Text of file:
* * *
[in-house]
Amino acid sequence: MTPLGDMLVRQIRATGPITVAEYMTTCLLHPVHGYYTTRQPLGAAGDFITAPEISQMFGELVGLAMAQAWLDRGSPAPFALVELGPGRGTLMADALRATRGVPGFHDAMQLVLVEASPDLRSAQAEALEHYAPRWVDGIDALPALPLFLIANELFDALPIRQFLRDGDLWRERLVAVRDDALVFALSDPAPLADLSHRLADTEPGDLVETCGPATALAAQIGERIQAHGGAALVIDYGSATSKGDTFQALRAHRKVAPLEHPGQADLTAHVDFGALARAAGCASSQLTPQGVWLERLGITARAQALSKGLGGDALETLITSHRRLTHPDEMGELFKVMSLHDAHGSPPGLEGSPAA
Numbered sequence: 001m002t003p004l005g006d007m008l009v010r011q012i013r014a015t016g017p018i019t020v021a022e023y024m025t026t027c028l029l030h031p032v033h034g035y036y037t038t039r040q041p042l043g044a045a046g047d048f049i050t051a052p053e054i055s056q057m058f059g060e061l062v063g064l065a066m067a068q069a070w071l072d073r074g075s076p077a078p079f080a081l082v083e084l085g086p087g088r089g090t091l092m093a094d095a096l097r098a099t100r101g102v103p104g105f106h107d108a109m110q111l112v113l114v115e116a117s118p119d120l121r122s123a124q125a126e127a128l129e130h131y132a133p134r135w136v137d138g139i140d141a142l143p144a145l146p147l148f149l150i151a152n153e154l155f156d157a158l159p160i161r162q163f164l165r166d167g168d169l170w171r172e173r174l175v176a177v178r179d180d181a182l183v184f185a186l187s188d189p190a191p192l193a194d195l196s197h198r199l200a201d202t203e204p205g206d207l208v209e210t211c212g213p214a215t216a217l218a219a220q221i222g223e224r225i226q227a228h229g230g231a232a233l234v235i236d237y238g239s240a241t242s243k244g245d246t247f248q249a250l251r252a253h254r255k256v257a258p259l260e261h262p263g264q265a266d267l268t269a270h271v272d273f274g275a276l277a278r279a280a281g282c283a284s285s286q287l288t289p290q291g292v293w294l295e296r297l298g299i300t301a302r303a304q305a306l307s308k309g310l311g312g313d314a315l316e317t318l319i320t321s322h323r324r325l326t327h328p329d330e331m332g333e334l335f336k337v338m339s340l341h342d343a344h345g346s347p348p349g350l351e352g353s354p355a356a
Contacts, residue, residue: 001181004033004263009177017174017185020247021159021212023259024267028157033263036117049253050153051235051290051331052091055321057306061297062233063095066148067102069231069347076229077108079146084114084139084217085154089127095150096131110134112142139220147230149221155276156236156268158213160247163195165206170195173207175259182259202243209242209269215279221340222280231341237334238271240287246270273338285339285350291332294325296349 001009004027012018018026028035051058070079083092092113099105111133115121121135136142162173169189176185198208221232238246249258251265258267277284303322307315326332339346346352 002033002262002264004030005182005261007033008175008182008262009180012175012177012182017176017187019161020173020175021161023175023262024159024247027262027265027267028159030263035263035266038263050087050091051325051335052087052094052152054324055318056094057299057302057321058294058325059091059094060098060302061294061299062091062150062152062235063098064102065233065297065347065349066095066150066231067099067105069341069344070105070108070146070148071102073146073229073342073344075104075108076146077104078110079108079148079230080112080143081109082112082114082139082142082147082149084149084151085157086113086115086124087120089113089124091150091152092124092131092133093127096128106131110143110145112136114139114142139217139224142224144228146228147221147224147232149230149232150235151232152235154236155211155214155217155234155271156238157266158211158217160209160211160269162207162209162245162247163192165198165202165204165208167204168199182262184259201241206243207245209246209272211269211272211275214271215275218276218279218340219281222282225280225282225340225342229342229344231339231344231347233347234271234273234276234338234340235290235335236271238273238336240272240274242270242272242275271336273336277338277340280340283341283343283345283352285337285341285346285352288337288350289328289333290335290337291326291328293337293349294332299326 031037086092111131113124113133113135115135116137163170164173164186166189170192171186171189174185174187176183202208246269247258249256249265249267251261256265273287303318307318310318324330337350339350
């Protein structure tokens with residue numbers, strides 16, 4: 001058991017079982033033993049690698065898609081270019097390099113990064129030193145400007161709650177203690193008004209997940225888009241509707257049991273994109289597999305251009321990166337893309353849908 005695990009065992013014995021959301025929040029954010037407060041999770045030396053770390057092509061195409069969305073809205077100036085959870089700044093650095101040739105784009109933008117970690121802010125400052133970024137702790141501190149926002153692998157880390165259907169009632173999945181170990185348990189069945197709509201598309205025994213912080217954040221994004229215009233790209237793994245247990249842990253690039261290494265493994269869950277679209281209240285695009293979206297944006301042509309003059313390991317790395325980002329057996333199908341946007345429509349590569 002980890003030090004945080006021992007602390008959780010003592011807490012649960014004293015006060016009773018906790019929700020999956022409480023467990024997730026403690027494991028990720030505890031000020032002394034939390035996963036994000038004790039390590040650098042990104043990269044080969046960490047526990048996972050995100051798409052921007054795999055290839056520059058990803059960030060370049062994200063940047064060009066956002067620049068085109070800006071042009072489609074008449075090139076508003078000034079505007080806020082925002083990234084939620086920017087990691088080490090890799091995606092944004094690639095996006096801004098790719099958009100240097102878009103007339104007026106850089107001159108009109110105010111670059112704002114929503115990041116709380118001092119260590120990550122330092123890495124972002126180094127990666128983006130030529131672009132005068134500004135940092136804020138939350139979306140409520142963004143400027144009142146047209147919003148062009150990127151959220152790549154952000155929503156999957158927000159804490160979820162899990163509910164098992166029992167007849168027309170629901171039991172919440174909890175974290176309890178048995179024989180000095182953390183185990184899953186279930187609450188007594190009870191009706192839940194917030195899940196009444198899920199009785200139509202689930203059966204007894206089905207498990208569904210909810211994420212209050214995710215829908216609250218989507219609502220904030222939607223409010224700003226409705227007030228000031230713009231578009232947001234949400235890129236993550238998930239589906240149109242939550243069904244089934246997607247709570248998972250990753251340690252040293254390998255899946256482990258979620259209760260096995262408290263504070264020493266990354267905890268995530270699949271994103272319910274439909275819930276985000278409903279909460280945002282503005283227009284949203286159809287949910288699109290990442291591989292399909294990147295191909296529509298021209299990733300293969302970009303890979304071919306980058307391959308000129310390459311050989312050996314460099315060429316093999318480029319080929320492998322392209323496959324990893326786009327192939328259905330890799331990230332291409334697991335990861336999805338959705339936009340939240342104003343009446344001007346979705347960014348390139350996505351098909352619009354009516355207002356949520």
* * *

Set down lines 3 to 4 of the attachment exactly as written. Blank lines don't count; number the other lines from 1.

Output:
Numbered sequence: 001m002t003p004l005g006d007m008l009v010r011q012i013r014a015t016g017p018i019t020v021a022e023y024m025t026t027c028l029l030h031p032v033h034g035y036y037t038t039r040q041p042l043g044a045a046g047d048f049i050t051a052p053e054i055s056q057m058f059g060e061l062v063g064l065a066m067a068q069a070w071l072d073r074g075s076p077a078p079f080a081l082v083e084l085g086p087g088r089g090t091l092m093a094d095a096l097r098a099t100r101g102v103p104g105f106h107d108a109m110q111l112v113l114v115e116a117s118p119d120l121r122s123a124q125a126e127a128l129e130h131y132a133p134r135w136v137d138g139i140d141a142l143p144a145l146p147l148f149l150i151a152n153e154l155f156d157a158l159p160i161r162q163f164l165r166d167g168d169l170w171r172e173r174l175v176a177v178r179d180d181a182l183v184f185a186l187s188d189p190a191p192l193a194d195l196s197h198r199l200a201d202t203e204p205g206d207l208v209e210t211c212g213p214a215t216a217l218a219a220q221i222g223e224r225i226q227a228h229g230g231a232a233l234v235i236d237y238g239s240a241t242s243k244g245d246t247f248q249a250l251r252a253h254r255k256v257a258p259l260e261h262p263g264q265a266d267l268t269a270h271v272d273f274g275a276l277a278r279a280a281g282c283a284s285s286q287l288t289p290q291g292v293w294l295e296r297l298g299i300t301a302r303a304q305a306l307s308k309g310l311g312g313d314a315l316e317t318l319i320t321s322h323r324r325l326t327h328p329d330e331m332g333e334l335f336k337v338m339s340l341h342d343a344h345g346s347p348p349g350l351e352g353s354p355a356a
Contacts, residue, residue: 001181004033004263009177017174017185020247021159021212023259024267028157033263036117049253050153051235051290051331052091055321057306061297062233063095066148067102069231069347076229077108079146084114084139084217085154089127095150096131110134112142139220147230149221155276156236156268158213160247163195165206170195173207175259182259202243209242209269215279221340222280231341237334238271240287246270273338285339285350291332294325296349 001009004027012018018026028035051058070079083092092113099105111133115121121135136142162173169189176185198208221232238246249258251265258267277284303322307315326332339346346352 002033002262002264004030005182005261007033008175008182008262009180012175012177012182017176017187019161020173020175021161023175023262024159024247027262027265027267028159030263035263035266038263050087050091051325051335052087052094052152054324055318056094057299057302057321058294058325059091059094060098060302061294061299062091062150062152062235063098064102065233065297065347065349066095066150066231067099067105069341069344070105070108070146070148071102073146073229073342073344075104075108076146077104078110079108079148079230080112080143081109082112082114082139082142082147082149084149084151085157086113086115086124087120089113089124091150091152092124092131092133093127096128106131110143110145112136114139114142139217139224142224144228146228147221147224147232149230149232150235151232152235154236155211155214155217155234155271156238157266158211158217160209160211160269162207162209162245162247163192165198165202165204165208167204168199182262184259201241206243207245209246209272211269211272211275214271215275218276218279218340219281222282225280225282225340225342229342229344231339231344231347233347234271234273234276234338234340235290235335236271238273238336240272240274242270242272242275271336273336277338277340280340283341283343283345283352285337285341285346285352288337288350289328289333290335290337291326291328293337293349294332299326 031037086092111131113124113133113135115135116137163170164173164186166189170192171186171189174185174187176183202208246269247258249256249265249267251261256265273287303318307318310318324330337350339350